|June 2001||Letters to the Editor|
Olanzapine-Related Hyperglycemia in a Nondiabetic Woman
Olanzapine is an atypical antipsychotic agent similar in chemical structure and in mechanism of action to clozapine. Compared with typical neuroleptics, olanzapine has a reduced incidence of extrapyramidal reactions (1). Antagonism at muscarinic receptors, H1 receptors, and alpha1 receptors may explain some side effects of olanzapine, including anticholinergic actions, somnolence, and orthostatic hypotension, respectively. The mechanism of action concerning glycemic control is yet not fully understood. Meanwhile, several reports of olanzapine-related hyperglycemia are available. Most of the cases were either African American patients, patients with diabetes, or patients on more than 10 mg daily of olanzapine (2–6). To our knowledge, there is no report of hyperglycemia in a white patient on only 2.5 mg olanzapine daily.
We report the case of a 79-year-old, white woman, with a height of 152 cm and weight of 48.1 kg. She revealed being weary of life, and a marked delusion of poverty was prominent. She admitted to continual suicidal thoughts, and
her Hamilton Depression Rating Scale (HDRS) score was 41 points on admission. A major depressive disorder (MDD) according to DSM-IV criteria, with psychotic symptoms, was diagnosed. Her medical history included chronic obstructive lung disease (treated with cloprednole 5 mg daily), stable hyperthyroidism, subcortical arterio- sclerotic encephalopathy, and osteoporosis. Blood glucose on admission (189 mg/dL) indicated no prior history of diabetes mellitus, but slight glucose intolerance. Initial treatment was started with 30 mg mirtazapine and 2 mg risperidone daily, but parkinsonism necessitated a change to olanzapine 2.5 mg daily. After 6 weeks of olanzapine treatment, the patient became distraught, withdrew into herself, and lost orientation as to time, place, and person. Because it was unclear why she had worsened, blood examinations were done. These revealed a blood glucose level of 496 mg/dL, and a sliding insulin regime was established. Even then, blood glucose levels remained up to 320 mg/dL, and olanzapine was therefore discontinued. After 2 days, blood glucose levels returned to normal, with a maximum of 111 mg/dL. This case was estimated to be a severe drug-related adverse effect: it required insulin therapy, and the condition of the patient clinically worsened but improved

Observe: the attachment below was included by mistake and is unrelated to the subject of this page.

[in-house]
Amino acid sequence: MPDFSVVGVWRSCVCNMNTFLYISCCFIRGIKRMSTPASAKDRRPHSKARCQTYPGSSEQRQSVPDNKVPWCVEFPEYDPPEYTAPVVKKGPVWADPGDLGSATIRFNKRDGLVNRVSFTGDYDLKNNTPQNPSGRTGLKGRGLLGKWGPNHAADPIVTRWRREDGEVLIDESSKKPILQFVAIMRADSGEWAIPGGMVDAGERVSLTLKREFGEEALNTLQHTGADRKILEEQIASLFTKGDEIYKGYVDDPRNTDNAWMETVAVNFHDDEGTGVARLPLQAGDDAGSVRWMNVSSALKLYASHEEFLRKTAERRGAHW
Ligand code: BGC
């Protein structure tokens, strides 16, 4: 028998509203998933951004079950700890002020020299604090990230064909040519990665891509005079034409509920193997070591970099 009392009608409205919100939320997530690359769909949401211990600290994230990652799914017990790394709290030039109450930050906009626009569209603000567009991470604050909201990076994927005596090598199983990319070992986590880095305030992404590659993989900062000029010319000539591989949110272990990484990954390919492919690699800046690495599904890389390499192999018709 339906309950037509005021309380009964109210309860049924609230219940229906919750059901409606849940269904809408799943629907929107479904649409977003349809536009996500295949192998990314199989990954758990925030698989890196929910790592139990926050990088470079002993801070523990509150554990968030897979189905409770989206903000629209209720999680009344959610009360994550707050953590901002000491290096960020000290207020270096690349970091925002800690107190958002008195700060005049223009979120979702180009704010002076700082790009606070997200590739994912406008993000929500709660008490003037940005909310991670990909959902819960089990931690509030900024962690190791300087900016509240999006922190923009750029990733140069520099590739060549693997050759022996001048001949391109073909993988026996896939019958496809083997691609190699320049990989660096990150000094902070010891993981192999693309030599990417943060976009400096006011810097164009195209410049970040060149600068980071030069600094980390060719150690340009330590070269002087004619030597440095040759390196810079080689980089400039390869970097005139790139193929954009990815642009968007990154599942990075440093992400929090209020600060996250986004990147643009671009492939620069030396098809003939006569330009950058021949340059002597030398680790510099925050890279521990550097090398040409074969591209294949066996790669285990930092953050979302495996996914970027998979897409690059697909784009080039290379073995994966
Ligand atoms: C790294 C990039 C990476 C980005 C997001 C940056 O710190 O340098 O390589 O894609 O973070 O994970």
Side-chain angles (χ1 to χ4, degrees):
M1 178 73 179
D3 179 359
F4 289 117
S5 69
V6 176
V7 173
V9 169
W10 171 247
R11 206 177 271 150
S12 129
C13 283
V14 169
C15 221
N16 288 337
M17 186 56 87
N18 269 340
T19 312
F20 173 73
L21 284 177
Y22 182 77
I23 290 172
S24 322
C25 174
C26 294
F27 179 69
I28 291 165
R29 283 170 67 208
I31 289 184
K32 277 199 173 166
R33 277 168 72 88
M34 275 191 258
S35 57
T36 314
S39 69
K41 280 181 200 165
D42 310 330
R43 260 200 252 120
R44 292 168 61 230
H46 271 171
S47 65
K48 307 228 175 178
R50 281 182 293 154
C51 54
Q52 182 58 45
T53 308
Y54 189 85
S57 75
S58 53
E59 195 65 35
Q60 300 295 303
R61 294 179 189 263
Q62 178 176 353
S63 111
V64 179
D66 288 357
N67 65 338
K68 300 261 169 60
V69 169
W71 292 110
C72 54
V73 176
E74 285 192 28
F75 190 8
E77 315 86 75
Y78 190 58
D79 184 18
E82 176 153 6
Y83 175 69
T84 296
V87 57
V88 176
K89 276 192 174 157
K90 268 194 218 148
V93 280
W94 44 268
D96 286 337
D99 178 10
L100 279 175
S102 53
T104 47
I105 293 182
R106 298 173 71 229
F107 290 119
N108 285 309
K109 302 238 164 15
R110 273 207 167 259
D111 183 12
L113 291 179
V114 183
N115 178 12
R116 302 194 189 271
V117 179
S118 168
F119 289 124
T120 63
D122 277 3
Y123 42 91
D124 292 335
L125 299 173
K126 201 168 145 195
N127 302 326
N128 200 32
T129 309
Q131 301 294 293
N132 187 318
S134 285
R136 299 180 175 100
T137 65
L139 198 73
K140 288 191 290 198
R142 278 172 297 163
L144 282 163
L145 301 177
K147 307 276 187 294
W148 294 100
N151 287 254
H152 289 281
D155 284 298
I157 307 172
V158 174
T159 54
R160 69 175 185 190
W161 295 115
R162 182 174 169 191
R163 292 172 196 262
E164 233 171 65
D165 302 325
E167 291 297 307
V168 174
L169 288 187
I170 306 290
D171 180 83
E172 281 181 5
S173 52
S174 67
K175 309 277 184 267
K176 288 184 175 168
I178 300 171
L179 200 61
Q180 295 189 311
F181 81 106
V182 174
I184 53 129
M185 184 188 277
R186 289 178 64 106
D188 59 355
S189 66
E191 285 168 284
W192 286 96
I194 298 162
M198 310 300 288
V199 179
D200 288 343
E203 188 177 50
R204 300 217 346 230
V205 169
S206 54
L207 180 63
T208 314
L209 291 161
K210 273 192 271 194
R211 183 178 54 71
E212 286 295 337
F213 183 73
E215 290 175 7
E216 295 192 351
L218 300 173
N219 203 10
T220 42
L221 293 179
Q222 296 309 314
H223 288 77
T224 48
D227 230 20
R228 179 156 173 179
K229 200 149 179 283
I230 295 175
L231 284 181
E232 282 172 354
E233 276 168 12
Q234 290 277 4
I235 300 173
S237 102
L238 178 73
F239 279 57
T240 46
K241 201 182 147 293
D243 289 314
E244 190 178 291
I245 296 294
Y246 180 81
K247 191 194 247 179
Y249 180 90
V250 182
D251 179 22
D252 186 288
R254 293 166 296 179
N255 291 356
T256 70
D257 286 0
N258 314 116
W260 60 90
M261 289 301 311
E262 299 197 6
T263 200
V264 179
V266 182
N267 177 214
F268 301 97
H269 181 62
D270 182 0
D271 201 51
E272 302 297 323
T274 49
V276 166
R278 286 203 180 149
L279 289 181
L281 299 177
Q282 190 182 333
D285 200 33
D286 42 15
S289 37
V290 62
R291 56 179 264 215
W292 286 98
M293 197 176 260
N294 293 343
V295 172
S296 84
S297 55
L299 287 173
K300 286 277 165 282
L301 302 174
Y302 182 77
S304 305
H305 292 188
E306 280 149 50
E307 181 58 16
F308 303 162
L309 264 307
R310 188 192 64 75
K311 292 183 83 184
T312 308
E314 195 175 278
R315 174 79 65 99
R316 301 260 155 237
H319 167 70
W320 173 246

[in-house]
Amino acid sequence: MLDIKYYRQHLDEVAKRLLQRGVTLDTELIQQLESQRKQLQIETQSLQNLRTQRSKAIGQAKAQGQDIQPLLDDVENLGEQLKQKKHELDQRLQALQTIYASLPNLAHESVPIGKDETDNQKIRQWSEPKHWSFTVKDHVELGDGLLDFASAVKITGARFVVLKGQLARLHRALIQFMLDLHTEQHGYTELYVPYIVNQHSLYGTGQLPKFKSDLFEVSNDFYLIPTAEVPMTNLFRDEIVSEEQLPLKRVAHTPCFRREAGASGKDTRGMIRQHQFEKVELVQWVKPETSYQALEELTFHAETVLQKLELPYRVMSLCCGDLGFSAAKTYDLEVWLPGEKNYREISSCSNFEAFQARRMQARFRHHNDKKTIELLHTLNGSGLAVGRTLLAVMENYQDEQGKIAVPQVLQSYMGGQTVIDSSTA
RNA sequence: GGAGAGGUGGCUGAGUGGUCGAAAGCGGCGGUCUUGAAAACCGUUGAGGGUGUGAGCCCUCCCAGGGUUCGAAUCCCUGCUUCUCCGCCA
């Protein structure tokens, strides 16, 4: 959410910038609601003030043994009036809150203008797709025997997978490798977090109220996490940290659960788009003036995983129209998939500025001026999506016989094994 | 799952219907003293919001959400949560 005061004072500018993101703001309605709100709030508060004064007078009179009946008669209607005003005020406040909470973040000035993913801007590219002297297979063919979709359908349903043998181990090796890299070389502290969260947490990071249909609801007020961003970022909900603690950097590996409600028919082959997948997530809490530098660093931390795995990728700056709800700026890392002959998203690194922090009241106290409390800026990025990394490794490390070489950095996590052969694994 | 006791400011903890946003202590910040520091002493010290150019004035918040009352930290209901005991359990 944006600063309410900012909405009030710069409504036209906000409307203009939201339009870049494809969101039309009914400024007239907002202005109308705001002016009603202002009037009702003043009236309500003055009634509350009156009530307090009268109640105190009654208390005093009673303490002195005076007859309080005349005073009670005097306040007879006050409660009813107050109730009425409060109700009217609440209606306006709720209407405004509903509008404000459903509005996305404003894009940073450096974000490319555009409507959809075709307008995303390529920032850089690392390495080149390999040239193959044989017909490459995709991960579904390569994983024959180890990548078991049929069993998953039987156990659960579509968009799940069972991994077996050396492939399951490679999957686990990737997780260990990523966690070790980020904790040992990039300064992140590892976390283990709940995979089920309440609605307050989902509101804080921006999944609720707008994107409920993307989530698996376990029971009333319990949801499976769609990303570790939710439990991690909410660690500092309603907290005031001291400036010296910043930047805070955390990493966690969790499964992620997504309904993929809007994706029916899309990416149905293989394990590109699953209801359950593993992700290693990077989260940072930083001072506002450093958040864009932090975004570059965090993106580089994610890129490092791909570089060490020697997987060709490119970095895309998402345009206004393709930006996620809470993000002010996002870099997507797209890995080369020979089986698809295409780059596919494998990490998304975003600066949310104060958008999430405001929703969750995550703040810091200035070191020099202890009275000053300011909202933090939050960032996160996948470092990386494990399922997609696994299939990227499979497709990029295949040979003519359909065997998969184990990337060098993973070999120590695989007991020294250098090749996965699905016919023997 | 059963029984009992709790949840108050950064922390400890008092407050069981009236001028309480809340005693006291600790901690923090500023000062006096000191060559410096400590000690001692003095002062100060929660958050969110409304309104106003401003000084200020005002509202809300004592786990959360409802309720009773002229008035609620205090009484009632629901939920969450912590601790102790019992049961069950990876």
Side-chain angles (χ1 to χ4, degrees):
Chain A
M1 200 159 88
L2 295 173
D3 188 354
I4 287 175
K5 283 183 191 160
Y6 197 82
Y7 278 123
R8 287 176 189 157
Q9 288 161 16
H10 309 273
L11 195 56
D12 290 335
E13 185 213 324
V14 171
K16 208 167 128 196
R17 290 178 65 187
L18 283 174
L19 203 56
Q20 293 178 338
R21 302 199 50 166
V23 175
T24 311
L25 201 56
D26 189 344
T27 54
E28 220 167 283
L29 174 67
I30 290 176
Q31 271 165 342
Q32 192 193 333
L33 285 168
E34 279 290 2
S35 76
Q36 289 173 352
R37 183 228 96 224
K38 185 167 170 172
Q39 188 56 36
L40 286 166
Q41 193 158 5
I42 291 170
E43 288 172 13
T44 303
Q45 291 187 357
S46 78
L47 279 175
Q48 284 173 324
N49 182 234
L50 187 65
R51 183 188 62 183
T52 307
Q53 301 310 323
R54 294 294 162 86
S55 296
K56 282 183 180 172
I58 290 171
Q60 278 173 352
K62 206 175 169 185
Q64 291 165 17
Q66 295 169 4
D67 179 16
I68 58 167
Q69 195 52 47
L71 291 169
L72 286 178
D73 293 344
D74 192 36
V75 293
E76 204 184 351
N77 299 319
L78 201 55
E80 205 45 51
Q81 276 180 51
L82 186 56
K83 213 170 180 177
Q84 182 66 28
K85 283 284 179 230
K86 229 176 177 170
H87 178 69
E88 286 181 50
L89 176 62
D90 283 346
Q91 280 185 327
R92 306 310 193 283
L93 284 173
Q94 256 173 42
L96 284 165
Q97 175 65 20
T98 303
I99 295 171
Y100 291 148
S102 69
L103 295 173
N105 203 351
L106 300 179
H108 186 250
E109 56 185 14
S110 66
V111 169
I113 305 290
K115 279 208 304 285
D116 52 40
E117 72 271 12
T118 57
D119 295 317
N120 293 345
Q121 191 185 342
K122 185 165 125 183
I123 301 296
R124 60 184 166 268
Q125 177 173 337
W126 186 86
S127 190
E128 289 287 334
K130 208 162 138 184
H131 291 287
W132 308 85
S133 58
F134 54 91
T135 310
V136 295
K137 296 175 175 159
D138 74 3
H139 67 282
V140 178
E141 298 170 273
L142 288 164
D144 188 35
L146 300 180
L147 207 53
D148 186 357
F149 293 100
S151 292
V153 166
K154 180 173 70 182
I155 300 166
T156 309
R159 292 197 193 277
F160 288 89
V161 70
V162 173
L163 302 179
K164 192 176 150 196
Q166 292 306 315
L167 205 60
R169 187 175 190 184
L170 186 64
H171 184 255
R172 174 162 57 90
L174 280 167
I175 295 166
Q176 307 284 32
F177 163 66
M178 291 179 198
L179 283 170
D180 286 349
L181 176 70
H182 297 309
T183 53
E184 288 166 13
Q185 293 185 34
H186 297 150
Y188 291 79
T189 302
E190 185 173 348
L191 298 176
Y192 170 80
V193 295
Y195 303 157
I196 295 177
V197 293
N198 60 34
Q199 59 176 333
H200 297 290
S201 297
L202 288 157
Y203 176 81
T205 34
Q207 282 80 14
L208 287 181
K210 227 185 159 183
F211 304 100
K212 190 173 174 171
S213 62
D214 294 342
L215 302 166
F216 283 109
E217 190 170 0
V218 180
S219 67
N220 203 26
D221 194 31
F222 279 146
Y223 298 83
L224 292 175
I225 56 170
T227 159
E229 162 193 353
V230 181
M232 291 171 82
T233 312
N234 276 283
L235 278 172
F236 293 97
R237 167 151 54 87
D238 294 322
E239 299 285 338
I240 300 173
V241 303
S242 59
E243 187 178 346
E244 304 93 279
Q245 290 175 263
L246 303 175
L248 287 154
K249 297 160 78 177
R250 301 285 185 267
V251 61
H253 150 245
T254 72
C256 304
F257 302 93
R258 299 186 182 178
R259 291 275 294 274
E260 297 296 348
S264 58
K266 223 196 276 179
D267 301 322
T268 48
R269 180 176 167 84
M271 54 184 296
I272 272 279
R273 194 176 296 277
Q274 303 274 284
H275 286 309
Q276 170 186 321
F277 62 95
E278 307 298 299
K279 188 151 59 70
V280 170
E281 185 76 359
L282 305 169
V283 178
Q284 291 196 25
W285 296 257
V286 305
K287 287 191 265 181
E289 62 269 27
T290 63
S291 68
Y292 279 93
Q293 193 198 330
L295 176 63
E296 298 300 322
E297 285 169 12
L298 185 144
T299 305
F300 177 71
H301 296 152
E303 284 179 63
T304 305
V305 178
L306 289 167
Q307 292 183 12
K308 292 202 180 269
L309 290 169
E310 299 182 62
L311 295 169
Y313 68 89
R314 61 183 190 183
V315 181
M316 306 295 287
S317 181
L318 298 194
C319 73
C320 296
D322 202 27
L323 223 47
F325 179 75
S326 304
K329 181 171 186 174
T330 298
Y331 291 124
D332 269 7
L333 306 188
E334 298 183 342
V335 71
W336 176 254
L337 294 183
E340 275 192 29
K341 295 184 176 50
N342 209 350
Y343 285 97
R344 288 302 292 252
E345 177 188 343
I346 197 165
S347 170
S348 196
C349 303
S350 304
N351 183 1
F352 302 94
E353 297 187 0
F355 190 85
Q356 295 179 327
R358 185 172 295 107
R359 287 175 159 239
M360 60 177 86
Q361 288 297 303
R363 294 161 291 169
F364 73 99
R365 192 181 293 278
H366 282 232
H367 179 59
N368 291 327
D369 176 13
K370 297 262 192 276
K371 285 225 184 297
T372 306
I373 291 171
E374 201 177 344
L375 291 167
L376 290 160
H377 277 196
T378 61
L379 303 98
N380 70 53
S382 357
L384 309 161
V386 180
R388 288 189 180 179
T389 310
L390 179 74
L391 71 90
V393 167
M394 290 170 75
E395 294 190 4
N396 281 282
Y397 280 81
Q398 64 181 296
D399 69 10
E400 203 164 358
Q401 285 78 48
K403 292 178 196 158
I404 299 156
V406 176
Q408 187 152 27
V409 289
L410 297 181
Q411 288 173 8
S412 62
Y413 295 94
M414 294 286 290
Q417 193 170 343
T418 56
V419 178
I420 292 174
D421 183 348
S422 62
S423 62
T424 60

significantly after discontinuation of olanzapine. It seems possible that the systemic glucocorticoid might have played an dispositional role in this case of hyperglycemia, but under continuation of cloprednole, this did not happen again. We conclude that patients on olanzapine therapy—even those without risk factors for diabetes—might need regular control of their blood glucose levels.
1. Tran PV, Dellva MA, Tollefson GD, Beasley CM Jr, Potvin JH, Kiesler GM. Extrapyramidal
symptoms and tolerability of olanzapine versus haloperidol in the acute treatment of schizophrenia.
J Clin Psychiatry 1997;58:205–11.
S Kropp, MD